- Collins, Vice Admiral Sir John
- WWII operations
- RAN Ships
- HMAS Australia II, HMAS Arunta I, HMAS Manoora I, HMAS Kanimbla I, HMAS Westralia I, HMAS Warramunga I, HMAS Shropshire, HMAS Gascoyne I
- January 1972 edition of the Naval Historical Review (all rights reserved)
The invitation to write an article for the Naval Historical Review 1972 gives me the opportunity to remind members of the importance of the Battle of Leyte Gulf in Australian history. Every Australian has heard of Trafalgar but few, I feel, know much about Leyte Gulf, which has been described by the British historian, Donald Macintyre, as the biggest sea fight in history.
THE BATTLE CONCERNS AUSTRALIA CLOSELY for it opened the road to victory in the Pacific by reducing the Japanese Navy, which once threatened our shores, to an ineffective remnant. We should know more about this battle and be proud that the Royal Australian Navy took a small but active part in the victory.
This article has been prepared after reference to various accounts of the battle, including Morison’s History of the United States Naval Operations in World War II and Macintyre’s The Battle for the Pacific. Their researches and detailed studies have simplified the task. So complicated is the story that this article can deal with only one of the three big actions, the Battle of the Surigao Strait, the one in which the Australian ships participated.
The story of the battle starts with a great mass of some 600 ships steaming from Manus and Hollandia for Leyte Gulf more than 1,400 miles from Hollandia. These ships carried the troops and equipment for the attack on the Philippine Islands by General Macarthur. They included the Australian Landing Ships Infantry HMAS Kanimbla, Manoora and Westralia, well remembered round our coast in pre-war days, manned by Australians but carrying American troops destined to land on Panoan Island. HMAS Gascoyne and HDML 1074 were in the advanced convoy with the task of surveying the channel while the US Rangers captured the islands at the entrance prior to the arrival of the main body.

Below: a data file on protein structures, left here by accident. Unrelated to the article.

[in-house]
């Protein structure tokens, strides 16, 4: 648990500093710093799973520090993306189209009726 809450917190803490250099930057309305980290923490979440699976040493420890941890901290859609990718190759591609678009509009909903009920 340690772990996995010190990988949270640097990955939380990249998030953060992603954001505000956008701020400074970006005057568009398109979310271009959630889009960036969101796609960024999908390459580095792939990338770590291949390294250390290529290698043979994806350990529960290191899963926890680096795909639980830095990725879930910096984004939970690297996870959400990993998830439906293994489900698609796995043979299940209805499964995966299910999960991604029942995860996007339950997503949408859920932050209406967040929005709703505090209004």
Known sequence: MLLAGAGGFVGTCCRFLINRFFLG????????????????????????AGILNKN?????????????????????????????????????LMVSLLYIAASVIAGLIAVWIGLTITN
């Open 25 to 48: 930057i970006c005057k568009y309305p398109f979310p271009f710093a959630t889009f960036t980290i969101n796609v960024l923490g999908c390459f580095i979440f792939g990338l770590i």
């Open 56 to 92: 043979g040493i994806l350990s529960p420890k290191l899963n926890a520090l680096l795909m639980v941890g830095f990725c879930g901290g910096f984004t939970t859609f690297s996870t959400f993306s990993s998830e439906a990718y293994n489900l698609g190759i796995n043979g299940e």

This great armada was escorted by the United States 7th Fleet, under Admiral Kinkaid, and included the Australian cruisers HMA Ships Australia and Shropshire and the RAN destroyers HMA Ships Arunta and Warramunga. The escort was augmented by ships from the US Pacific Fleet, including escort carriers. The only Royal Navy ship present was the fast minelayer HMS Ariadne.
While the convoys were assembling and steaming across the ocean, important events were going on to the northward. Manoeuvring off Formosa, Admiral Halsey’s Third Fleet was launching a series of devastating attacks on the Japanese air power based on Formosa and the Philippines. From 10th to 24th October he threw everything he had at them. So successful was he that the Japanese had only 100 operational planes in the Philippines on A Day, hence the freedom from air attacks on passage.
As is so often the case, reports from the few Japanese aviators who did return convinced the Japanese High Command that great damage had been done to the Third Fleet. Tokyo Rose made much of the destruction of the Third Fleet and the authorities appeared to believe their own propaganda. In fact two US cruisers were badly damaged, and minor damage was suffered by three carriers. The Japanese on the other hand lost most of their trained carrier air groups that had been flown to Formosa to operate from shore airfields against the Fleet.
The approach to Leyte Gulf went to plan and, after the usual bombardment and air strikes, the first flight hit the beach at H hour, 10 a.m. on A Day, 20th October 1944.
Macarthur went ashore in the afternoon and made his famous “I have returned” speech. Later USS Honolulu, in the close support area, was torpedoed by a Japanese aircraft which flew in low and escaped detection. The torpedo splash and sub-sequent explosion were observed from Australia but the guns could not be brought to bear in time. The aircraft jinked away and escaped without damage. That was the only effective opposition encountered at sea that day.